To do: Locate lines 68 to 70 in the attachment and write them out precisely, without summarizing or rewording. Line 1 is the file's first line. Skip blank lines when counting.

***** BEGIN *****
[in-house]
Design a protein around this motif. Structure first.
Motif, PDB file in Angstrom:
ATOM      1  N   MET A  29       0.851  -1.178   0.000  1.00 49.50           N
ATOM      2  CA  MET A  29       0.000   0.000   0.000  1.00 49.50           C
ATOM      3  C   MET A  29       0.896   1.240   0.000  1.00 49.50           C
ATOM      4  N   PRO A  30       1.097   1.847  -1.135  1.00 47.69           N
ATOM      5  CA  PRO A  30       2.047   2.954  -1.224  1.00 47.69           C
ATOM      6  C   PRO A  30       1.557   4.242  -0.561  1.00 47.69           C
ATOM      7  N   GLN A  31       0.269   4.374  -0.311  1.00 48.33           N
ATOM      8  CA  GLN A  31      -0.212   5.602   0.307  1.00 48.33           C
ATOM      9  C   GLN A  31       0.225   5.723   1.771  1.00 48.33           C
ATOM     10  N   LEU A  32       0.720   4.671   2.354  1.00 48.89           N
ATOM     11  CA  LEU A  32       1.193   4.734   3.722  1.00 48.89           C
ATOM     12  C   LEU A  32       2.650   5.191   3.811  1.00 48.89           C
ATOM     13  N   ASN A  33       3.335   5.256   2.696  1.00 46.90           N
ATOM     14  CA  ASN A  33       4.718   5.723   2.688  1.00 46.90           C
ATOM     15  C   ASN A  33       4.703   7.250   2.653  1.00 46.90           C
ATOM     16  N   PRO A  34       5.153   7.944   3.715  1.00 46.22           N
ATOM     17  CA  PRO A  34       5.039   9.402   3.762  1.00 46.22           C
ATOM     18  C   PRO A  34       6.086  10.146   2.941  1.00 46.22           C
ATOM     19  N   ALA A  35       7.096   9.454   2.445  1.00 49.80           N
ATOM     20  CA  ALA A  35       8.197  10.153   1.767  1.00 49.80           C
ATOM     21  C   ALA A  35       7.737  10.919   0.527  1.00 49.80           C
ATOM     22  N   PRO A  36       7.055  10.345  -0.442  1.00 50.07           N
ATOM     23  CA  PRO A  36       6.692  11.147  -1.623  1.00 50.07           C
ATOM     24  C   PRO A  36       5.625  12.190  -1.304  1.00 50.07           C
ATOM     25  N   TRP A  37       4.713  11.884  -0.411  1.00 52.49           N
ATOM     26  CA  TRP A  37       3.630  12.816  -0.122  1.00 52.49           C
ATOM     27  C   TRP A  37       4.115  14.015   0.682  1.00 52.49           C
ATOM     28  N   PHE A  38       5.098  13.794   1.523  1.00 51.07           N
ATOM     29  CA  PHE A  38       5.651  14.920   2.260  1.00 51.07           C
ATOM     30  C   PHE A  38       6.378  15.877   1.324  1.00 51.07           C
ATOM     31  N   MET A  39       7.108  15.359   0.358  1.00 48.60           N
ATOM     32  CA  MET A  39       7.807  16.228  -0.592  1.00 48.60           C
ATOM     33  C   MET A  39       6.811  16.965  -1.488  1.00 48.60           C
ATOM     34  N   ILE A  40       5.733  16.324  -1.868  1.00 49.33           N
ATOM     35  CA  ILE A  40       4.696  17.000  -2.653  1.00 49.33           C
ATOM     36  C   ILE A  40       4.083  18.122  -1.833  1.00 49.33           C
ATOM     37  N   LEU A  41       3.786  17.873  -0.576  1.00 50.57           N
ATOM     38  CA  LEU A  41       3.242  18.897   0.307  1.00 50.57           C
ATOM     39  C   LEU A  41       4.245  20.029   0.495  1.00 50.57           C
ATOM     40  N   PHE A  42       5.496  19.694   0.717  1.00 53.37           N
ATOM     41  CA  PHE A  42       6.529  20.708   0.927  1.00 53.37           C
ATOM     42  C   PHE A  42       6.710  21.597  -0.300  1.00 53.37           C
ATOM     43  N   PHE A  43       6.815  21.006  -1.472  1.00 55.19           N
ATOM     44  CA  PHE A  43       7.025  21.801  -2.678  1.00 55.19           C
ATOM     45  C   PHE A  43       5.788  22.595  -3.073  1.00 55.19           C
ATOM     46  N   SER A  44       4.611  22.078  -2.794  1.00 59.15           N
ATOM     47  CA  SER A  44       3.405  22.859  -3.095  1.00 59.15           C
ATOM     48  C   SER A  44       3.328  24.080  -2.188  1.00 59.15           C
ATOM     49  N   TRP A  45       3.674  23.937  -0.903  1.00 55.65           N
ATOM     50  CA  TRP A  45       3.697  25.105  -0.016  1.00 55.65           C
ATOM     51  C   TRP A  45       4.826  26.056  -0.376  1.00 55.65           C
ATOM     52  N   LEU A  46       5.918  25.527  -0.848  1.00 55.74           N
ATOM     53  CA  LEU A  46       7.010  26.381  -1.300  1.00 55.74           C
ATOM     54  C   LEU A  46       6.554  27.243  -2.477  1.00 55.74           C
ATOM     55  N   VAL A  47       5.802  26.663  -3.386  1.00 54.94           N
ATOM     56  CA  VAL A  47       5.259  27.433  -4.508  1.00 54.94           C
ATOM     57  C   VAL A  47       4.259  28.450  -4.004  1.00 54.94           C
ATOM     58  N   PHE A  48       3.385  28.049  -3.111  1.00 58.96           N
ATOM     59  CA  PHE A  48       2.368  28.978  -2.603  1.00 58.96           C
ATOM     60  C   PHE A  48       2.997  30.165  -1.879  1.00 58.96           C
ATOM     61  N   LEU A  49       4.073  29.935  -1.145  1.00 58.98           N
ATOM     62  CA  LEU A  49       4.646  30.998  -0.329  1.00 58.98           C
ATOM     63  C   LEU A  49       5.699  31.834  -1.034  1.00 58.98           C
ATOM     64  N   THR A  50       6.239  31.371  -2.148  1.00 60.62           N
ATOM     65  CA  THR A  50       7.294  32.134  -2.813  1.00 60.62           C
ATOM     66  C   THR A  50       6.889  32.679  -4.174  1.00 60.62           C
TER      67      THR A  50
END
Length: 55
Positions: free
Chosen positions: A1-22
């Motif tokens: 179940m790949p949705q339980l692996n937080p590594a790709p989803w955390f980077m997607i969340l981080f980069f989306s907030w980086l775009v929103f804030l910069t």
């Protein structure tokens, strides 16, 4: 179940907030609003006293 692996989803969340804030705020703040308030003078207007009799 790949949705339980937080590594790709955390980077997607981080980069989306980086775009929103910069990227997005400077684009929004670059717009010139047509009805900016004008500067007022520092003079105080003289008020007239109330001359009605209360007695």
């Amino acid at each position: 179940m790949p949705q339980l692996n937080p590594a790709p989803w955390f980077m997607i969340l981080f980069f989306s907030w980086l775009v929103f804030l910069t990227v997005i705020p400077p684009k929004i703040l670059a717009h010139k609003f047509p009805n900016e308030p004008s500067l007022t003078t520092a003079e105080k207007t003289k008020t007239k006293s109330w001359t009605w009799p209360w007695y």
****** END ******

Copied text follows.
ATOM     65  CA  THR A  50       7.294  32.134  -2.813  1.00 60.62           C
ATOM     66  C   THR A  50       6.889  32.679  -4.174  1.00 60.62           C
TER      67      THR A  50